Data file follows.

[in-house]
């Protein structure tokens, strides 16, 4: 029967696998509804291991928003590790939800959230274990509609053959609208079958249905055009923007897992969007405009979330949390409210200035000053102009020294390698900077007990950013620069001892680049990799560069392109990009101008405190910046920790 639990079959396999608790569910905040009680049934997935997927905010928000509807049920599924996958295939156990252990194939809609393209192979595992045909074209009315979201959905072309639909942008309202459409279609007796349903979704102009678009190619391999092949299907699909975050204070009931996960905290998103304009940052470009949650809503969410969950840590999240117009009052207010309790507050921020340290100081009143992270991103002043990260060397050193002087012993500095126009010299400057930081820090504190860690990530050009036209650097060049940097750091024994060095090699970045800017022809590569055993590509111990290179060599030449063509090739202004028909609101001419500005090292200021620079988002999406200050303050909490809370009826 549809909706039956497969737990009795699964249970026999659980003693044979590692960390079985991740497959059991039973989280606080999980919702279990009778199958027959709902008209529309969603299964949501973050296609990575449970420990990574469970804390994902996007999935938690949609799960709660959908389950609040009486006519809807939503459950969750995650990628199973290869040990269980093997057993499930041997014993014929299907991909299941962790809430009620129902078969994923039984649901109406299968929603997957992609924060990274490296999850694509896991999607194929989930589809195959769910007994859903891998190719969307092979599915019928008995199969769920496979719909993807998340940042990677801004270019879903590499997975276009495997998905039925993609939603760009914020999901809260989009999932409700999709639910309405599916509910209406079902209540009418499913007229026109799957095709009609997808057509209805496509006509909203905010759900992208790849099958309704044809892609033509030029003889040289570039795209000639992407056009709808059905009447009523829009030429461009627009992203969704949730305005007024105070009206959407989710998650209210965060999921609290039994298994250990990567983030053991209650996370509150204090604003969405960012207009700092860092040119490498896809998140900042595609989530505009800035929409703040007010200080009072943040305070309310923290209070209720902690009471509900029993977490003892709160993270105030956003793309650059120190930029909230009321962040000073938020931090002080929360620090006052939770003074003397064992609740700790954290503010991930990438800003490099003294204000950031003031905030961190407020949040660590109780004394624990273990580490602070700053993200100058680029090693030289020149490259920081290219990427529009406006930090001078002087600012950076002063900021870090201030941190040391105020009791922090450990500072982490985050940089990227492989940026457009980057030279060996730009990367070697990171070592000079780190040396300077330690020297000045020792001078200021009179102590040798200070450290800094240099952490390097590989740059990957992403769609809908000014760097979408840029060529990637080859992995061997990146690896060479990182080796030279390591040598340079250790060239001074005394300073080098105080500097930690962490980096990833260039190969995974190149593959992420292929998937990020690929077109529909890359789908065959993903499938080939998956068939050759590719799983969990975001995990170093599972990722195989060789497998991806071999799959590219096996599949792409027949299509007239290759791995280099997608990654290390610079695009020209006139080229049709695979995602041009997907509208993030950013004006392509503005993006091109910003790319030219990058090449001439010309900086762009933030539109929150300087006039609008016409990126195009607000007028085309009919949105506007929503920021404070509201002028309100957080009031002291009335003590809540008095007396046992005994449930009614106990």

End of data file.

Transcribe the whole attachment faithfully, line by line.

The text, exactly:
[in-house]
């Protein structure tokens, strides 16, 4: 029967696998509804291991928003590790939800959230274990509609053959609208079958249905055009923007897992969007405009979330949390409210200035000053102009020294390698900077007990950013620069001892680049990799560069392109990009101008405190910046920790 639990079959396999608790569910905040009680049934997935997927905010928000509807049920599924996958295939156990252990194939809609393209192979595992045909074209009315979201959905072309639909942008309202459409279609007796349903979704102009678009190619391999092949299907699909975050204070009931996960905290998103304009940052470009949650809503969410969950840590999240117009009052207010309790507050921020340290100081009143992270991103002043990260060397050193002087012993500095126009010299400057930081820090504190860690990530050009036209650097060049940097750091024994060095090699970045800017022809590569055993590509111990290179060599030449063509090739202004028909609101001419500005090292200021620079988002999406200050303050909490809370009826 549809909706039956497969737990009795699964249970026999659980003693044979590692960390079985991740497959059991039973989280606080999980919702279990009778199958027959709902008209529309969603299964949501973050296609990575449970420990990574469970804390994902996007999935938690949609799960709660959908389950609040009486006519809807939503459950969750995650990628199973290869040990269980093997057993499930041997014993014929299907991909299941962790809430009620129902078969994923039984649901109406299968929603997957992609924060990274490296999850694509896991999607194929989930589809195959769910007994859903891998190719969307092979599915019928008995199969769920496979719909993807998340940042990677801004270019879903590499997975276009495997998905039925993609939603760009914020999901809260989009999932409700999709639910309405599916509910209406079902209540009418499913007229026109799957095709009609997808057509209805496509006509909203905010759900992208790849099958309704044809892609033509030029003889040289570039795209000639992407056009709808059905009447009523829009030429461009627009992203969704949730305005007024105070009206959407989710998650209210965060999921609290039994298994250990990567983030053991209650996370509150204090604003969405960012207009700092860092040119490498896809998140900042595609989530505009800035929409703040007010200080009072943040305070309310923290209070209720902690009471509900029993977490003892709160993270105030956003793309650059120190930029909230009321962040000073938020931090002080929360620090006052939770003074003397064992609740700790954290503010991930990438800003490099003294204000950031003031905030961190407020949040660590109780004394624990273990580490602070700053993200100058680029090693030289020149490259920081290219990427529009406006930090001078002087600012950076002063900021870090201030941190040391105020009791922090450990500072982490985050940089990227492989940026457009980057030279060996730009990367070697990171070592000079780190040396300077330690020297000045020792001078200021009179102590040798200070450290800094240099952490390097590989740059990957992403769609809908000014760097979408840029060529990637080859992995061997990146690896060479990182080796030279390591040598340079250790060239001074005394300073080098105080500097930690962490980096990833260039190969995974190149593959992420292929998937990020690929077109529909890359789908065959993903499938080939998956068939050759590719799983969990975001995990170093599972990722195989060789497998991806071999799959590219096996599949792409027949299509007239290759791995280099997608990654290390610079695009020209006139080229049709695979995602041009997907509208993030950013004006392509503005993006091109910003790319030219990058090449001439010309900086762009933030539109929150300087006039609008016409990126195009607000007028085309009919949105506007929503920021404070509201002028309100957080009031002291009335003590809540008095007396046992005994449930009614106990």